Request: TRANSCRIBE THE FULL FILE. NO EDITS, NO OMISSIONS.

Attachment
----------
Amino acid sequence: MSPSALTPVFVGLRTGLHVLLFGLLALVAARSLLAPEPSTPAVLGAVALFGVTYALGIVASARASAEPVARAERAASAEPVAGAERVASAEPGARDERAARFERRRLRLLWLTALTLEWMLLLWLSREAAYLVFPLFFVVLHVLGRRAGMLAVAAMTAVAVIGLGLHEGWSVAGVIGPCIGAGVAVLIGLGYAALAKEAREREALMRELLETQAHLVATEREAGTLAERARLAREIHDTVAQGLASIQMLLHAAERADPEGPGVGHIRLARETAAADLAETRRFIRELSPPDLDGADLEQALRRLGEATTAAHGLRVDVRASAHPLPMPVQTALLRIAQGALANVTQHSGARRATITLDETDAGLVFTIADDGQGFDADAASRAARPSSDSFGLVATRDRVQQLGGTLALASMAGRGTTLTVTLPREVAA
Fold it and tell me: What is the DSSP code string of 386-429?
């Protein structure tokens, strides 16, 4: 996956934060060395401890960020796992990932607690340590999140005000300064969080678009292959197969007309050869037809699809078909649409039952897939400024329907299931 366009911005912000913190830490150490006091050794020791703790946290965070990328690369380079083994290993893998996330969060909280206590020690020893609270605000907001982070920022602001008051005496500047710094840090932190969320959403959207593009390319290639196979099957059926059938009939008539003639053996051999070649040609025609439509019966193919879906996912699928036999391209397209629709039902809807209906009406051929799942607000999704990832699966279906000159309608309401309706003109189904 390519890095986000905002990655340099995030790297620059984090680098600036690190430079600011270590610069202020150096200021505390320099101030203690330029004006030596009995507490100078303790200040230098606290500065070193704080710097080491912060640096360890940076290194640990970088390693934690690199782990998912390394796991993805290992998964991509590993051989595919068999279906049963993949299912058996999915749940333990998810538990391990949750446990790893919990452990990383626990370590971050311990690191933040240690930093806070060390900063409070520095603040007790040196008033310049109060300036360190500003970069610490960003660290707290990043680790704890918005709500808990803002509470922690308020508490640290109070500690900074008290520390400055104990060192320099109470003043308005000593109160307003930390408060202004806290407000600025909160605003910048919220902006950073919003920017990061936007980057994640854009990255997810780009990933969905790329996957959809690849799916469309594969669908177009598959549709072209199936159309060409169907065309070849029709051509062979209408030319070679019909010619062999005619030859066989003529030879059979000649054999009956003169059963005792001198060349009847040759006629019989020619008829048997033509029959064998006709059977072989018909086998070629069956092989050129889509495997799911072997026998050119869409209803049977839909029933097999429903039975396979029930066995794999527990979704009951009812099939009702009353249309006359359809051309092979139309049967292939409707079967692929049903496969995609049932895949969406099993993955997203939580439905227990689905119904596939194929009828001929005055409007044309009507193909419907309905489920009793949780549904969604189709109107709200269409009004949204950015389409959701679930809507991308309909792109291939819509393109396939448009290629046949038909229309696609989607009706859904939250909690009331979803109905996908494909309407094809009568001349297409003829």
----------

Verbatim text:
Amino acid sequence: MSPSALTPVFVGLRTGLHVLLFGLLALVAARSLLAPEPSTPAVLGAVALFGVTYALGIVASARASAEPVARAERAASAEPVAGAERVASAEPGARDERAARFERRRLRLLWLTALTLEWMLLLWLSREAAYLVFPLFFVVLHVLGRRAGMLAVAAMTAVAVIGLGLHEGWSVAGVIGPCIGAGVAVLIGLGYAALAKEAREREALMRELLETQAHLVATEREAGTLAERARLAREIHDTVAQGLASIQMLLHAAERADPEGPGVGHIRLARETAAADLAETRRFIRELSPPDLDGADLEQALRRLGEATTAAHGLRVDVRASAHPLPMPVQTALLRIAQGALANVTQHSGARRATITLDETDAGLVFTIADDGQGFDADAASRAARPSSDSFGLVATRDRVQQLGGTLALASMAGRGTTLTVTLPREVAA
Fold it and tell me: What is the DSSP code string of 386-429?
């Protein structure tokens, strides 16, 4: 996956934060060395401890960020796992990932607690340590999140005000300064969080678009292959197969007309050869037809699809078909649409039952897939400024329907299931 366009911005912000913190830490150490006091050794020791703790946290965070990328690369380079083994290993893998996330969060909280206590020690020893609270605000907001982070920022602001008051005496500047710094840090932190969320959403959207593009390319290639196979099957059926059938009939008539003639053996051999070649040609025609439509019966193919879906996912699928036999391209397209629709039902809807209906009406051929799942607000999704990832699966279906000159309608309401309706003109189904 390519890095986000905002990655340099995030790297620059984090680098600036690190430079600011270590610069202020150096200021505390320099101030203690330029004006030596009995507490100078303790200040230098606290500065070193704080710097080491912060640096360890940076290194640990970088390693934690690199782990998912390394796991993805290992998964991509590993051989595919068999279906049963993949299912058996999915749940333990998810538990391990949750446990790893919990452990990383626990370590971050311990690191933040240690930093806070060390900063409070520095603040007790040196008033310049109060300036360190500003970069610490960003660290707290990043680790704890918005709500808990803002509470922690308020508490640290109070500690900074008290520390400055104990060192320099109470003043308005000593109160307003930390408060202004806290407000600025909160605003910048919220902006950073919003920017990061936007980057994640854009990255997810780009990933969905790329996957959809690849799916469309594969669908177009598959549709072209199936159309060409169907065309070849029709051509062979209408030319070679019909010619062999005619030859066989003529030879059979000649054999009956003169059963005792001198060349009847040759006629019989020619008829048997033509029959064998006709059977072989018909086998070629069956092989050129889509495997799911072997026998050119869409209803049977839909029933097999429903039975396979029930066995794999527990979704009951009812099939009702009353249309006359359809051309092979139309049967292939409707079967692929049903496969995609049932895949969406099993993955997203939580439905227990689905119904596939194929009828001929005055409007044309009507193909419907309905489920009793949780549904969604189709109107709200269409009004949204950015389409959701679930809507991308309909792109291939819509393109396939448009290629046949038909229309696609989607009706859904939250909690009331979803109905996908494909309407094809009568001349297409003829």